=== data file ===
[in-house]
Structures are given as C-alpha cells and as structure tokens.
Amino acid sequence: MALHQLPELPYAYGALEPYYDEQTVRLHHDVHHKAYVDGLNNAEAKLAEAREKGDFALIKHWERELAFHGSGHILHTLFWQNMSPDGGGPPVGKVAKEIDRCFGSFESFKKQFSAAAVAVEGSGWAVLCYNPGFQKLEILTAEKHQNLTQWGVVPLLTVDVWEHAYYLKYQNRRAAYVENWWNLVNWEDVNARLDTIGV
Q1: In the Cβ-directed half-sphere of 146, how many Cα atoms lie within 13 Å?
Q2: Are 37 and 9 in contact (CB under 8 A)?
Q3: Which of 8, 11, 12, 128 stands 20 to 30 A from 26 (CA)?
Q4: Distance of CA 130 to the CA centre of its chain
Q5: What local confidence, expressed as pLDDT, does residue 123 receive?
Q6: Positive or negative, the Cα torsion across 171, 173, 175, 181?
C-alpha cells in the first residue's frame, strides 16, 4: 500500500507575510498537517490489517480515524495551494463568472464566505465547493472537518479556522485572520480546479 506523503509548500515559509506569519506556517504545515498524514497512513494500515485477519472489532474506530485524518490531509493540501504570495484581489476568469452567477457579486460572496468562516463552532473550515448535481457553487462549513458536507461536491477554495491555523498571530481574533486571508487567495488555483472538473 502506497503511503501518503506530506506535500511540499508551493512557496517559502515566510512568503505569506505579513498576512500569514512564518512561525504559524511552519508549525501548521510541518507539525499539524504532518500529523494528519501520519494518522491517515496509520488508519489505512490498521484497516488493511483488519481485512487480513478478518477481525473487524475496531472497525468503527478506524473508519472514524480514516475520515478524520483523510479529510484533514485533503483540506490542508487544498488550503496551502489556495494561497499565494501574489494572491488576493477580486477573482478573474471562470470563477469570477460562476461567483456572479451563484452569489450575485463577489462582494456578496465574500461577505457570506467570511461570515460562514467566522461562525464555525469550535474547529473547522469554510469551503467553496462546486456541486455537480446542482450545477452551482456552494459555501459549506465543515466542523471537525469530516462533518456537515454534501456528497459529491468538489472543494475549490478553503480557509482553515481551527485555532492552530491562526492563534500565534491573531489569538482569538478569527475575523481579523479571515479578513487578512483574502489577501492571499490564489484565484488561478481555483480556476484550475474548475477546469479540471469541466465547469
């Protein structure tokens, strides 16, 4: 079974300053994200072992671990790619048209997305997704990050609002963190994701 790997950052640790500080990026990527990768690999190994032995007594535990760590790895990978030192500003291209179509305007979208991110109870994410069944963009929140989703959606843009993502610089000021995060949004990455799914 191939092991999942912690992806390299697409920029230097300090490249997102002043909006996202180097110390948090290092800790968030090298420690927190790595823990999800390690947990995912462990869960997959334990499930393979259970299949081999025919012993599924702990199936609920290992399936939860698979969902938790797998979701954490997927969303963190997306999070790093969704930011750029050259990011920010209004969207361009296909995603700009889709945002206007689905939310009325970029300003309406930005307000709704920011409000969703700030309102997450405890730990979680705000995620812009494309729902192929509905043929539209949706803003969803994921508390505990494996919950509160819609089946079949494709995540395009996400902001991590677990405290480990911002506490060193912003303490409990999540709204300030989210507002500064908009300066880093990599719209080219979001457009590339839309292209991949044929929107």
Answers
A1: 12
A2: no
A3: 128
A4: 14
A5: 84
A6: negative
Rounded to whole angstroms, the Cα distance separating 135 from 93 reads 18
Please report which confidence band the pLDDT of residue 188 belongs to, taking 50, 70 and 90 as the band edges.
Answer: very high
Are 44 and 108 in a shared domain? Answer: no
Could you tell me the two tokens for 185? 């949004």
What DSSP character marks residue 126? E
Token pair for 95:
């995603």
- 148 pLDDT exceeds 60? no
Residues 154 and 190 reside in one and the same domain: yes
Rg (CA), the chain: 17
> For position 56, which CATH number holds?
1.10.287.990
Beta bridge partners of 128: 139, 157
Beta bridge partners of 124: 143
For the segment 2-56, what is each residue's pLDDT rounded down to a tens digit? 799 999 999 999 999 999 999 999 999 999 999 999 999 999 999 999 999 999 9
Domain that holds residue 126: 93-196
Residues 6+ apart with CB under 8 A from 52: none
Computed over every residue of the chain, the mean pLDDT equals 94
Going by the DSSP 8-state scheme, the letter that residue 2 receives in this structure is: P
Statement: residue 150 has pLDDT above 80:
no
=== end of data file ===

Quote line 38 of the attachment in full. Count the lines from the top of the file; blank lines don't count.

Going by the DSSP 8-state scheme, the letter that residue 2 receives in this structure is: P